Throughout North American expansion the Lakota people have suffered some of the worst and straight forward persecutions against Native American Indians, and live in some of the poorest if not the poorest conditions in the United States. This is sad for a people who use to be one of the strongest nations in the Central Plains, feared by white men and other Indian nations alike for their ferocity and warrior abilities in the heat of battle. The Lakota arrived at positions of dominance because of their success in controlling live¬stock, land, trading rights, and people. Wars for conquest were motivated principally by these practical considerations, not driven by aggressive instincts. Their success in this respect rested on significant socioeconomic transformations in the seventeenth and eighteenth centuries, the Lakota adapted their traditional way of life to an equestrian buffalo-hunting economy which followed the herds around the plains and expanded their territory. Because of this the Lakota experi¬enced political and social decentralization during their movement onto the prairies in the seventeenth and eighteenth centuries. Some political consolida¬tion occurred during the nineteenth century, but only after they had achieved dominance in the northern central plains. One of the most famous and controversial Lakota people is Chief Red Cloud of the Oglala, for years he frustrated he United Stats government efforts to open up the west by way of the Bozeman trail. Red Cloud, Crazy Horse and other Lakota warriors were constantly attacking white settlers and miners crossing their territory to reach the gold fields of Montana. The most famous of these was the Fetterman Massacre of 1866, on the bitterly cold morning of December 21; about 2,000 Indians concealed themselves along the road just north of Fort Phil Kearney. A small band made a diversionary attack on a party of woodcutters from the fort, and Commandant Colonel Henry Carrington...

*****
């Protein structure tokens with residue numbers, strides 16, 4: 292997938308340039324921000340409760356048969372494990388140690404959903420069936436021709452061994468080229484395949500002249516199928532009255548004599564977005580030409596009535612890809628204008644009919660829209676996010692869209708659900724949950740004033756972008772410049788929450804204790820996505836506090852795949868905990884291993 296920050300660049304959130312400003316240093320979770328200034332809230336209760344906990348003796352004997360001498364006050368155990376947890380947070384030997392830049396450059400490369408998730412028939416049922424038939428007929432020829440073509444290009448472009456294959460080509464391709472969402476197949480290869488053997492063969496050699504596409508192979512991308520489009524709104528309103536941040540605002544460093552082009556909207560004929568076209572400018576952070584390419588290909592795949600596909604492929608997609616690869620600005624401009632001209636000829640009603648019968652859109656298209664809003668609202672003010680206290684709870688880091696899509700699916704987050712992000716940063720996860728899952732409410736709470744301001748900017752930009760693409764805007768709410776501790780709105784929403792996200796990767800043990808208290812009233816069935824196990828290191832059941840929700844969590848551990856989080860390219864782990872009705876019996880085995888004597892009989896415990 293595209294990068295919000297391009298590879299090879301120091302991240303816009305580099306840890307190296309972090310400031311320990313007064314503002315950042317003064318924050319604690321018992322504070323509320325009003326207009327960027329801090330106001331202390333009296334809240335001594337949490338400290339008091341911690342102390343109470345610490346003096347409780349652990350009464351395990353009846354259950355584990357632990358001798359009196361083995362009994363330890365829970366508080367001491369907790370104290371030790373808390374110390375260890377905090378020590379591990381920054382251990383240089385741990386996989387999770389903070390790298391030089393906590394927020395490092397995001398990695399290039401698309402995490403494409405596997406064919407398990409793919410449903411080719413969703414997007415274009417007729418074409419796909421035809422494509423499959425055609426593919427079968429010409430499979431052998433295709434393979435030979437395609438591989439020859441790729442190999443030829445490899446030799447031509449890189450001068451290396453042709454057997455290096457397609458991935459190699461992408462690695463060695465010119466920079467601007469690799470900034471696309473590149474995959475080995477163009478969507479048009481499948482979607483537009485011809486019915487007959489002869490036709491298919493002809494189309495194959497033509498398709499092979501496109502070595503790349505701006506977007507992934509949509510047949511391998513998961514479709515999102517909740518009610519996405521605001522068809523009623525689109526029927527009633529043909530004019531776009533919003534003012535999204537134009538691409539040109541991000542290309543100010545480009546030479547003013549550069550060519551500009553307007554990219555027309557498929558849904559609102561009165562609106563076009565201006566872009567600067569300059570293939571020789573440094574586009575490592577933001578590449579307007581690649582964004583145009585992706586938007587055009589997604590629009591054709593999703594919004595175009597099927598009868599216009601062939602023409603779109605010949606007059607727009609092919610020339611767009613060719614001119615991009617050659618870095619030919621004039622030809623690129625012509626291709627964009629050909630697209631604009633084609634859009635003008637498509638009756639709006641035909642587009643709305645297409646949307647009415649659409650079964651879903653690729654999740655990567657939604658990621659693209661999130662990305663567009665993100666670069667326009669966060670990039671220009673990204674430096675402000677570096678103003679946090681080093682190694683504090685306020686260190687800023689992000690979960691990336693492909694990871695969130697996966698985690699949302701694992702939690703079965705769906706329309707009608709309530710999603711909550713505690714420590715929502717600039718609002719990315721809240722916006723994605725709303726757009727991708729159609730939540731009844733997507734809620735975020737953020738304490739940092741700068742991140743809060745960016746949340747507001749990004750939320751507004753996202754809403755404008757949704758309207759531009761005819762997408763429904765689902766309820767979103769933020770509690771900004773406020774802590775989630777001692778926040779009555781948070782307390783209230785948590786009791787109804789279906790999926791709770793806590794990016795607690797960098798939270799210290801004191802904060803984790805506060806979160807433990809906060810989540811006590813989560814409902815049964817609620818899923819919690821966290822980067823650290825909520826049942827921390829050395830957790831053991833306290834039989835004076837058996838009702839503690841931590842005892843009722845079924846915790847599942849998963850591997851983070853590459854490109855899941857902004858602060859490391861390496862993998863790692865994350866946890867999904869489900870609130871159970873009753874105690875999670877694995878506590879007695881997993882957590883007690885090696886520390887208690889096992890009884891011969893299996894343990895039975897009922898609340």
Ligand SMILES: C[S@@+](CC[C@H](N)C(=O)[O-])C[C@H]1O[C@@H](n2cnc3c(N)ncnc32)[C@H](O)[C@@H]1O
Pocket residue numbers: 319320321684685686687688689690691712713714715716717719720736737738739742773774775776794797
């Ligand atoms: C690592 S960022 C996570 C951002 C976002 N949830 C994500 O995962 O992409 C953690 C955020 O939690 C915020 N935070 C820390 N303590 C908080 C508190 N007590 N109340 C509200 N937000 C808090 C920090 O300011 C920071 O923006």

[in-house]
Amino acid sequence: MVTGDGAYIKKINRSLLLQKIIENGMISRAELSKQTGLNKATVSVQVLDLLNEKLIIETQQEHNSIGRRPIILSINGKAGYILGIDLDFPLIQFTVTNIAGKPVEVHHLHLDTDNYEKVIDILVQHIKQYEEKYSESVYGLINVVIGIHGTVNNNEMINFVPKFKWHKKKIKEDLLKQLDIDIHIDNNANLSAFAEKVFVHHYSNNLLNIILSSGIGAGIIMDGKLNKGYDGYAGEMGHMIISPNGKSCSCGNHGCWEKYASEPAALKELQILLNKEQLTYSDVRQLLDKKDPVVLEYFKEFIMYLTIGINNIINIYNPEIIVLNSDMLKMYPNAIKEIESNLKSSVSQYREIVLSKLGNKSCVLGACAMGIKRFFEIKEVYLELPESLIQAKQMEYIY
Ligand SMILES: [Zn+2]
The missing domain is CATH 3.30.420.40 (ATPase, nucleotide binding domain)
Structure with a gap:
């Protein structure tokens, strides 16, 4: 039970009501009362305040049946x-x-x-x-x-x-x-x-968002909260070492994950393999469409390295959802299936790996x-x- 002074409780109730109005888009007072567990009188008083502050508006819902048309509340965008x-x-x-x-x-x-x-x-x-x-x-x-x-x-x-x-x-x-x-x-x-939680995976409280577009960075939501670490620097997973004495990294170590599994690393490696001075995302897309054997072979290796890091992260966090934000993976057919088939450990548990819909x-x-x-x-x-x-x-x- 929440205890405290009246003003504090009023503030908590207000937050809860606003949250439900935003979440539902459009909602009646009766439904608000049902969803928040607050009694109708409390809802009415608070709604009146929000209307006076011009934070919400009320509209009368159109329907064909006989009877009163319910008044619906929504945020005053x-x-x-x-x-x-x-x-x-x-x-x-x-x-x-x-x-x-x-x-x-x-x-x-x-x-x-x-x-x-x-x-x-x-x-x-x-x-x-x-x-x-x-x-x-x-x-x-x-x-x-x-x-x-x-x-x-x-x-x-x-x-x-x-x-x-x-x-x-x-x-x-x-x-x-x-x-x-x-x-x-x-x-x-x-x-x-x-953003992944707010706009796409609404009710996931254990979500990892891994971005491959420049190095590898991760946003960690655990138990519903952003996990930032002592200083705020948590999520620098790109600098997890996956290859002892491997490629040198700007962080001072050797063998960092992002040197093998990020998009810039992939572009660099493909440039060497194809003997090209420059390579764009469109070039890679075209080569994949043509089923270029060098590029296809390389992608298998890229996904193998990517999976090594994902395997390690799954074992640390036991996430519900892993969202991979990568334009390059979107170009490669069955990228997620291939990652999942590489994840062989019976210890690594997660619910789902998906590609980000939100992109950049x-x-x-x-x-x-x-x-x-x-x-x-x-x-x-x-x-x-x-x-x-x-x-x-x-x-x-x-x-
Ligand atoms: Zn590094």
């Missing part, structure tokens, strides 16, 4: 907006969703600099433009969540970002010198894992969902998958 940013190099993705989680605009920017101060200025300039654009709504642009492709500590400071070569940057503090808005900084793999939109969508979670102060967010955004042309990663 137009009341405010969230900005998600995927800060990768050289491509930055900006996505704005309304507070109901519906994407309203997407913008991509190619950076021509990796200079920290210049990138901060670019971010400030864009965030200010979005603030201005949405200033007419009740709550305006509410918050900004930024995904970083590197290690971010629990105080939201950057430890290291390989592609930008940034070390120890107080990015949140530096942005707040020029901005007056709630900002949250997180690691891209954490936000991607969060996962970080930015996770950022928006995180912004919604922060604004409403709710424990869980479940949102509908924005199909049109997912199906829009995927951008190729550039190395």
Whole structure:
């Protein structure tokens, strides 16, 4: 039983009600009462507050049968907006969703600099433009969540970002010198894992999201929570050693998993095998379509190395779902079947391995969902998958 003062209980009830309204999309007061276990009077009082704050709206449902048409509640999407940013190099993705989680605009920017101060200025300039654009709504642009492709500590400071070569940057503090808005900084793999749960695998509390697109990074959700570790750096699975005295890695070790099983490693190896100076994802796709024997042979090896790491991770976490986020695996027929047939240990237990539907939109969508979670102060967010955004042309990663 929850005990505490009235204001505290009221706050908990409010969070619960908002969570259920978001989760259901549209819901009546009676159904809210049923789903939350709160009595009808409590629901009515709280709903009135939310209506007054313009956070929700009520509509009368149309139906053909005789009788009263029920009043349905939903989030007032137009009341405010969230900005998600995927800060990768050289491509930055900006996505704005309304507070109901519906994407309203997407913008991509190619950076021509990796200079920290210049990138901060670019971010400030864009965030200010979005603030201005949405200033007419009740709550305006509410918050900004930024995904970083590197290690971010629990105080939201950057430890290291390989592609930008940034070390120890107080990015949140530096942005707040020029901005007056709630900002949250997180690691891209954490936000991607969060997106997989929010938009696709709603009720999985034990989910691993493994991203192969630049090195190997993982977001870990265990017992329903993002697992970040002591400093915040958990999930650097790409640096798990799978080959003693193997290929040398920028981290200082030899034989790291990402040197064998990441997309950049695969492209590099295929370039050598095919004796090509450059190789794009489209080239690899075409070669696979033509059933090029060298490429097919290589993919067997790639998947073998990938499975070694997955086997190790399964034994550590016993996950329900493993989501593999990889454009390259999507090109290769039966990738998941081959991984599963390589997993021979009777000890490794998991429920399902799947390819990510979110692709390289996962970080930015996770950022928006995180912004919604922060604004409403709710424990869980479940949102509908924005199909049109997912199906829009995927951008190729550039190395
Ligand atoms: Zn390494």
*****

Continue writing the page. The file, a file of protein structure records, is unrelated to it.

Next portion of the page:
Bibliography: Facing East from Indian Country by Daniel K Richter
Major Problems in American Indian History by Albert L Hurtado and Peter Iverson
“We are Still Here” American Indians in the Twentieth Century by Peter Iverson
Our Hearts Fell to the Ground by Colin G Calloway
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